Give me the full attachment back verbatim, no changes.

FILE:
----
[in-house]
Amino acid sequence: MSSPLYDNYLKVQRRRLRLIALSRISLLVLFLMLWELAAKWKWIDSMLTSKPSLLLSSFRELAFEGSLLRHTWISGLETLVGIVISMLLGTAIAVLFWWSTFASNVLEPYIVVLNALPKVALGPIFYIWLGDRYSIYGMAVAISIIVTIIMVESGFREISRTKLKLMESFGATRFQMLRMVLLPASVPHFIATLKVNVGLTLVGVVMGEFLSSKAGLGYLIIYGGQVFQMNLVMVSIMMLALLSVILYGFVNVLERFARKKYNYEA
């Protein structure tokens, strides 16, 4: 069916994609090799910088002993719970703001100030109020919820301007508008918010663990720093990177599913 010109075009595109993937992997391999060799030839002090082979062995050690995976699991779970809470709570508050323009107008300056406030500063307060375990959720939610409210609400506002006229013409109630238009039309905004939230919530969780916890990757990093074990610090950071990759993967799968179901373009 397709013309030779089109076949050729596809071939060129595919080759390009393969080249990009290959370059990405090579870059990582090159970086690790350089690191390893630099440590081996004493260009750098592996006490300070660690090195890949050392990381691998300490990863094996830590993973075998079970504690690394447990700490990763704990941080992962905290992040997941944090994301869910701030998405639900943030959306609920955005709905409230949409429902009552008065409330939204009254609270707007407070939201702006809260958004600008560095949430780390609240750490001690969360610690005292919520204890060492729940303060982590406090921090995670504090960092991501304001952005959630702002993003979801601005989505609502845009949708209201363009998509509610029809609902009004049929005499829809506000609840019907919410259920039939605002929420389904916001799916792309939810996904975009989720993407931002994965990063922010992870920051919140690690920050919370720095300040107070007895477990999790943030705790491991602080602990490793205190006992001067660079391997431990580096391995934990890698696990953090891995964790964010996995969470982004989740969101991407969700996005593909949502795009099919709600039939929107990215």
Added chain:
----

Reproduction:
[in-house]
Amino acid sequence: MSSPLYDNYLKVQRRRLRLIALSRISLLVLFLMLWELAAKWKWIDSMLTSKPSLLLSSFRELAFEGSLLRHTWISGLETLVGIVISMLLGTAIAVLFWWSTFASNVLEPYIVVLNALPKVALGPIFYIWLGDRYSIYGMAVAISIIVTIIMVESGFREISRTKLKLMESFGATRFQMLRMVLLPASVPHFIATLKVNVGLTLVGVVMGEFLSSKAGLGYLIIYGGQVFQMNLVMVSIMMLALLSVILYGFVNVLERFARKKYNYEA
């Protein structure tokens, strides 16, 4: 069916994609090799910088002993719970703001100030109020919820301007508008918010663990720093990177599913 010109075009595109993937992997391999060799030839002090082979062995050690995976699991779970809470709570508050323009107008300056406030500063307060375990959720939610409210609400506002006229013409109630238009039309905004939230919530969780916890990757990093074990610090950071990759993967799968179901373009 397709013309030779089109076949050729596809071939060129595919080759390009393969080249990009290959370059990405090579870059990582090159970086690790350089690191390893630099440590081996004493260009750098592996006490300070660690090195890949050392990381691998300490990863094996830590993973075998079970504690690394447990700490990763704990941080992962905290992040997941944090994301869910701030998405639900943030959306609920955005709905409230949409429902009552008065409330939204009254609270707007407070939201702006809260958004600008560095949430780390609240750490001690969360610690005292919520204890060492729940303060982590406090921090995670504090960092991501304001952005959630702002993003979801601005989505609502845009949708209201363009998509509610029809609902009004049929005499829809506000609840019907919410259920039939605002929420389904916001799916792309939810996904975009989720993407931002994965990063922010992870920051919140690690920050919370720095300040107070007895477990999790943030705790491991602080602990490793205190006992001067660079391997431990580096391995934990890698696990953090891995964790964010996995969470982004989740969101991407969700996005593909949502795009099919709600039939929107990215």
Added chain: